Pursuing a career as a writer can be hard on your self-esteem. It requires incredible stamina, faith, and unbelievable amounts of patience. Here are some things I like to remind myself of when the urge to give up is strong.
No Means ‘Not for Me.’
First what no DOESN’T mean: No does not mean never. No does not mean this book is terrible. No does not mean you’re a terrible writer. No means—drum roll, please!— not for me. Publishing is subjective, at the mercy of both market trends and the personal taste of agents and editors. Lots of people turned If I Had a Gryphon down because they don’t like rhyme. Gordon Korman has a great anecdote about receiving a B on a story that ended up being his first published novel. It’s not about you or your ability, it’s about finding the right fit.
Fallow Seasons are Okay
The worst advice I’ve ever heard is ‘a writer writes every day.’ This idea is unsustainable and a product of toxic hustle culture. I used to panic about this, watching other people publish amazing books or tweet about their daily wordcounts (please don’t do this). At a particularly low point I thought my career was over; that I had nothing left to offer and it was time to move on. The truth was I burned out and needed a break. Singers go on vocal rest to protect their instruments and teachers need time off in the summer to recover. Use your fallow season to refill the well—go for long walks, listen to new music, read, and consume culture without agenda. Inspiration, like plants, needs time and tending.
Writing is So Much More Than Drafting
Expand your idea of writing beyond drafting. I used to think if I wasn’t writing clear, successive sentences then I wasn’t writing. I was confusing drafting with writing, which is only part of the process. Brainstorming, talking a plot out with a friend, jotting down ideas you’ve always wanted to develop, working out a timeline, going for walks and thinking about characters, watching old episodes of Midsomer Murders to get you in the zone for your British murder mystery— all these things are part of the writing process. When you add them into the mix, you’ll see you’ve been doing a lot more writing than you realized. On a related note…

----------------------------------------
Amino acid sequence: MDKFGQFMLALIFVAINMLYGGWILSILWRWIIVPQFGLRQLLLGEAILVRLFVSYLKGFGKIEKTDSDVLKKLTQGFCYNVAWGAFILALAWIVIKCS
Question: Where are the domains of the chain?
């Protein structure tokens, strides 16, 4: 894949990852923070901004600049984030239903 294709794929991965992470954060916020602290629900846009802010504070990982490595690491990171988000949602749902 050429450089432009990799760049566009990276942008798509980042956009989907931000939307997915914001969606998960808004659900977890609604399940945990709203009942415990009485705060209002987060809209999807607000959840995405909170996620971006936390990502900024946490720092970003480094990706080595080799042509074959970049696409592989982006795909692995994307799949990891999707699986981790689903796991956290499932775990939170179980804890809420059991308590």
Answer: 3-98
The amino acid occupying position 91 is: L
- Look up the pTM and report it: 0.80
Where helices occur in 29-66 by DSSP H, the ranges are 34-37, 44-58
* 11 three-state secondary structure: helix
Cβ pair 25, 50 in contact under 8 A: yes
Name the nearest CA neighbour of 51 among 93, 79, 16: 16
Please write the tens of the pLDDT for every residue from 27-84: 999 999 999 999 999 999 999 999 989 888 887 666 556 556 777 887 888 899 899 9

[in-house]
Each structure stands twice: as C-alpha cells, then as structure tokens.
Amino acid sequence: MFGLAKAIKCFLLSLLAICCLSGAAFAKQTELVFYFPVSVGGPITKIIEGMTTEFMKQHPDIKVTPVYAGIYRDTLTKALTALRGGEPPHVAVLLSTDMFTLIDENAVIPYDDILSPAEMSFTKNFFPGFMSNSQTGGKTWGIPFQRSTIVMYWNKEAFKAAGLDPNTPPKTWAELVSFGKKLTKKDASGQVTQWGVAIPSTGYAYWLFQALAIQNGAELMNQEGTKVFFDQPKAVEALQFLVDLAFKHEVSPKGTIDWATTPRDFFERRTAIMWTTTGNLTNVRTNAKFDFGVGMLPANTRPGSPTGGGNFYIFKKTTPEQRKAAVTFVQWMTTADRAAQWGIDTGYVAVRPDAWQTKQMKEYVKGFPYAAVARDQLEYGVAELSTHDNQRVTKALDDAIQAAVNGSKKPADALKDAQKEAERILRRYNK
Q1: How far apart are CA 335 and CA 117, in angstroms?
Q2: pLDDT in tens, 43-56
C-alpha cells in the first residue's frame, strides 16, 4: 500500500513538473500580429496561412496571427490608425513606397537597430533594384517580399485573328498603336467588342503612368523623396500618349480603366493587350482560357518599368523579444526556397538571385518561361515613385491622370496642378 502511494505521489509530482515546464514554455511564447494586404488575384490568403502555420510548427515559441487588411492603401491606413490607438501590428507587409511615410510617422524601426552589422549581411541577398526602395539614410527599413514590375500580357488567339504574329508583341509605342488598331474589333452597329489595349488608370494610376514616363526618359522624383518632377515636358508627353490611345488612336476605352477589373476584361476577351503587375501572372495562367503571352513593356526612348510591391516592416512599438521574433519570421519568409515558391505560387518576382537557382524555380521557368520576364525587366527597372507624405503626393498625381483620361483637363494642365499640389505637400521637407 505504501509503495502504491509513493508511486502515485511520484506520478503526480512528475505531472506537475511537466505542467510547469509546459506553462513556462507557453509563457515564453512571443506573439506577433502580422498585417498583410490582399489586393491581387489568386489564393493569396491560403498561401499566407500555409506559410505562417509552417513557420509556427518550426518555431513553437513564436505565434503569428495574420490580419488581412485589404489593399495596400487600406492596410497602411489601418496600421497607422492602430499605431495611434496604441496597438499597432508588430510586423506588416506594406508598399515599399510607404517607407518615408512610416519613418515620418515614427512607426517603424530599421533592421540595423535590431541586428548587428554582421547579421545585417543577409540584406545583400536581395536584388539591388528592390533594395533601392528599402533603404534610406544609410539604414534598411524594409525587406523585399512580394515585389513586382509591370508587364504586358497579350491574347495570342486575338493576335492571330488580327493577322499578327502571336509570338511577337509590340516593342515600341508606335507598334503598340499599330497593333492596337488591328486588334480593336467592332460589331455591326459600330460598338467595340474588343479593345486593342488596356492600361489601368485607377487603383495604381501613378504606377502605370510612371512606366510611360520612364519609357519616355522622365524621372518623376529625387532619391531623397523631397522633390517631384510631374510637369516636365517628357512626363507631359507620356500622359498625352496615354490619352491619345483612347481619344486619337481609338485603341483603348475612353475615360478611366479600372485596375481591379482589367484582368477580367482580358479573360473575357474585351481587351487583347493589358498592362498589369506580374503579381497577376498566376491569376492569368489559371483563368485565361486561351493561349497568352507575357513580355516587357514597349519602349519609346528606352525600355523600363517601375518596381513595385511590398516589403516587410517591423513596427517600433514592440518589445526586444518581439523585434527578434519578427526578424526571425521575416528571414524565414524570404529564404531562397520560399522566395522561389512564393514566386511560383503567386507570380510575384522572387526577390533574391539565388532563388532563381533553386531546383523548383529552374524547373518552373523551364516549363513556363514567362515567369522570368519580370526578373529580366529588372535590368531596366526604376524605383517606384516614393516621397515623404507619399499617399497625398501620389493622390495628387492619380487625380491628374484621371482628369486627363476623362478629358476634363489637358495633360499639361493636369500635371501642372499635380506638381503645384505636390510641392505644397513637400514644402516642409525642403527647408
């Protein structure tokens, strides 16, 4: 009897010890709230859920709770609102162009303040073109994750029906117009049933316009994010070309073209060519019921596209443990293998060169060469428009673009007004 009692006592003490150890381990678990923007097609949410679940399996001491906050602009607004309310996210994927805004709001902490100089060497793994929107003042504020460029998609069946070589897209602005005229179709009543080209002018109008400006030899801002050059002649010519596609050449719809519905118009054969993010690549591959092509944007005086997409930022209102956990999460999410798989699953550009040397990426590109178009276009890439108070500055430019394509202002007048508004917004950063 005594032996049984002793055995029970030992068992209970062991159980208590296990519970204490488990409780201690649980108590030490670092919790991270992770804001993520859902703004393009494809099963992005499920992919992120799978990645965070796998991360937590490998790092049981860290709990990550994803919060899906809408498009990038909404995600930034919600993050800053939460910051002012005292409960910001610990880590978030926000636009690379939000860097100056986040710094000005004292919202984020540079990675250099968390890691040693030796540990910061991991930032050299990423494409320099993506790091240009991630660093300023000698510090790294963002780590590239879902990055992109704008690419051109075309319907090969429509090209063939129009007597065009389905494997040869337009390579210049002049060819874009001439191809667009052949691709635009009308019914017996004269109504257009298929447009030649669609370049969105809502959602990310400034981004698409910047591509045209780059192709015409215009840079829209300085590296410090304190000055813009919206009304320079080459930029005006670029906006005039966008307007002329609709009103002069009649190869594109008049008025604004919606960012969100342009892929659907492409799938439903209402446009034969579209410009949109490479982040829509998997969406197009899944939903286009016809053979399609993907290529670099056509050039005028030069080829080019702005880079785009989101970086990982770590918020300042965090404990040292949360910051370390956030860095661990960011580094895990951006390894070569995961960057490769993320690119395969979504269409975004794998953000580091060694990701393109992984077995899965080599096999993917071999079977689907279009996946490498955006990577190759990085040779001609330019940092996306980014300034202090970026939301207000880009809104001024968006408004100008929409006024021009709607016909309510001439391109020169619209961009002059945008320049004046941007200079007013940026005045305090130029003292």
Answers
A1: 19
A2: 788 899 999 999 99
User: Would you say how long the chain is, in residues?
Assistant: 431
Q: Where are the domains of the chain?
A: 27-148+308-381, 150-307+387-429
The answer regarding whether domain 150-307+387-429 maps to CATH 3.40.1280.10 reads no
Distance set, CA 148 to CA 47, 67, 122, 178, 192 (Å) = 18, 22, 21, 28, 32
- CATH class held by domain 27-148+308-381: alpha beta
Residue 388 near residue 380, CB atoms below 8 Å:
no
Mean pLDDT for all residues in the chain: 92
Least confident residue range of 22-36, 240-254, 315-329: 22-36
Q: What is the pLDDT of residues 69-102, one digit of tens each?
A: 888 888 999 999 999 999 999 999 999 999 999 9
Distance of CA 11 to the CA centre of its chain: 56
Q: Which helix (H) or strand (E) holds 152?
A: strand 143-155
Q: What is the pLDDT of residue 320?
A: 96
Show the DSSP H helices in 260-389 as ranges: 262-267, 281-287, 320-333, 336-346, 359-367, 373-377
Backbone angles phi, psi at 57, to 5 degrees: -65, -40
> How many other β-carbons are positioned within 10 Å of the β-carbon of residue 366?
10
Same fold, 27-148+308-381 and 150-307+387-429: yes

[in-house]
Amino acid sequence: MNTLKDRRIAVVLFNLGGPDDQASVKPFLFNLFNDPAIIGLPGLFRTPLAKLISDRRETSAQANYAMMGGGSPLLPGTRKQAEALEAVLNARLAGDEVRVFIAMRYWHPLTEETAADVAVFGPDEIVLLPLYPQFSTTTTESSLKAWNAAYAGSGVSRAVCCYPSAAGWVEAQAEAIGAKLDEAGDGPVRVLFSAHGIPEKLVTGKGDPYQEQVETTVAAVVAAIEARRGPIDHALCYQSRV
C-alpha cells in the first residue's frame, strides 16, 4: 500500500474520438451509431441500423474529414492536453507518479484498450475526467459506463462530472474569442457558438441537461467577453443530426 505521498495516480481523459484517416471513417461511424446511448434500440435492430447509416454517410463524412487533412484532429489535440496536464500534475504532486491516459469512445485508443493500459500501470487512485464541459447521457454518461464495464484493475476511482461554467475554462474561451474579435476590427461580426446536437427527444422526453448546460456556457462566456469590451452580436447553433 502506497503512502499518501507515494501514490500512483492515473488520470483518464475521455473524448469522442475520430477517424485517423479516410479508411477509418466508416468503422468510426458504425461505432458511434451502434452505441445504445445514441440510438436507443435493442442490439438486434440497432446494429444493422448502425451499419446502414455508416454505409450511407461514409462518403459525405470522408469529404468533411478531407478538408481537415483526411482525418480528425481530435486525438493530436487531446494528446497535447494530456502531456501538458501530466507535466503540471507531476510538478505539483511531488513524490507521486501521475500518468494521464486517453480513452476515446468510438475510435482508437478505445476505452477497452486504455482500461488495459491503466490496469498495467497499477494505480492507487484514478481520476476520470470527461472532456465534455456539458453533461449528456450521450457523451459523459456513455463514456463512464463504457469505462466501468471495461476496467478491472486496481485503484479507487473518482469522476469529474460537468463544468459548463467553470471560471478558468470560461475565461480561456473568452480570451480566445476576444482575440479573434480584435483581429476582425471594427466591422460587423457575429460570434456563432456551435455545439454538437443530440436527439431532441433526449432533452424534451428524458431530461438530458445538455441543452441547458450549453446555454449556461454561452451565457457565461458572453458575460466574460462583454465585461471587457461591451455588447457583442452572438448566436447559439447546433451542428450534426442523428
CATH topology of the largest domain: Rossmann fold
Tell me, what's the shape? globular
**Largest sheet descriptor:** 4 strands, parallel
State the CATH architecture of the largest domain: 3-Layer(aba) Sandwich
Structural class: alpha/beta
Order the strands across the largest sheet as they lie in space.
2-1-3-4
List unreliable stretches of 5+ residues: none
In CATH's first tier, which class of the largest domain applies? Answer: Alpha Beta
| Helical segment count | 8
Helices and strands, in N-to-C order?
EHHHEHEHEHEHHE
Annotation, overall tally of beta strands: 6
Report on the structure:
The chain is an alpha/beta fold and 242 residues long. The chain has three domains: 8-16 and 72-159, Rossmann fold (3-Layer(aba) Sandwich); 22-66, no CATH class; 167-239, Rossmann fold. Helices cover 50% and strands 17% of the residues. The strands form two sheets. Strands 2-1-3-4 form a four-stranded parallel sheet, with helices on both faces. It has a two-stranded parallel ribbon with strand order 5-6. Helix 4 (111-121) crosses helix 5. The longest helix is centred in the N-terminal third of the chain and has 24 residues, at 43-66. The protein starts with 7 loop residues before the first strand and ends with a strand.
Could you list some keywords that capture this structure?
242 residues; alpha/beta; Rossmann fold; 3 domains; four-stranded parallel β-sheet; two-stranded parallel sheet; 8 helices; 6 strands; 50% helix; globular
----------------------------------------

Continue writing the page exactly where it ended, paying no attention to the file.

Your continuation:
I am Further Along Than I Think
This is especially true for the so-called ‘pantsers’ out there. Writers who don’t write from an outline, plan, or clear idea of where they’re going—hi, it’s me. I’m the problem, it’s me—often underestimate just how far they’ve come. Occasionally, I step out of the weeds, look back at my notes, check my wordcount, and acknowledge that while I may be a way out from the destination, I’m firmly in the middle of the journey.
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Why Not Me?
I’m stealing this from Mindy Kaling. In my defense, you cannot copyright a title. You don’t need top marks in English Lit, an MFA, years of experience, or permission to write. The best way to hone your skills is to start writing and keep writing. Editors and agents are actively and aggressively seeking new and interesting voices—why not yours?
Trends Come and Go Quickly
Trends are fun! It’s exciting to refresh your wardrobe with an au courant accessory or tweet about your characters’ sun, moon, and rising signs. But by the time a trend is taking over, it’s already too late. Some trends are cyclical (I see you, vampire fiction) and others have more staying power. For example, I consider graphic novels more of a shift than a trend, whereas YA thrillers, a response to domestic thrillers, is a trend that is reaching the eleventh hour. Write something you are proud of, regardless of fickle cultural preferences. Trends are like Canada Day fireworks: loud, splashy, and brief, meant to shine brightly then expire. If you miss them, there’s always next year.
I Will Not Read My Goodreads Reviews
I could tell you stories about how groups of people go in and tank certain authors’ ratings by leaving one-star reviews or authors paying for fake five-star reviews, but my point is anyone can leave a review on Goodreads without having to prove that they’ve even read the book. There is zero accountability on this platform and so you should give it zero percent of your time and attention.
The views expressed by Open Book columnists are those held by the authors and do not necessarily reflect the views of Open Book.
Vikki VanSickle is the author of a number of acclaimed novels for children including P.S. Tell No One, Words That Start With B, Summer Days, Starry Nights, and the 2018 Red Maple award-winning The Winnowing. She has also written the picture books If I Had a Gryphon, Teddy Bear of the Year, and Anonymouse. Vikki started her career as an independent bookseller and spent 12 years working in children's publishing. A devoted member of the Canadian children's book world, she curates and presents regular book segments at CTV Your Morning and balances her writing with arts education for all ages.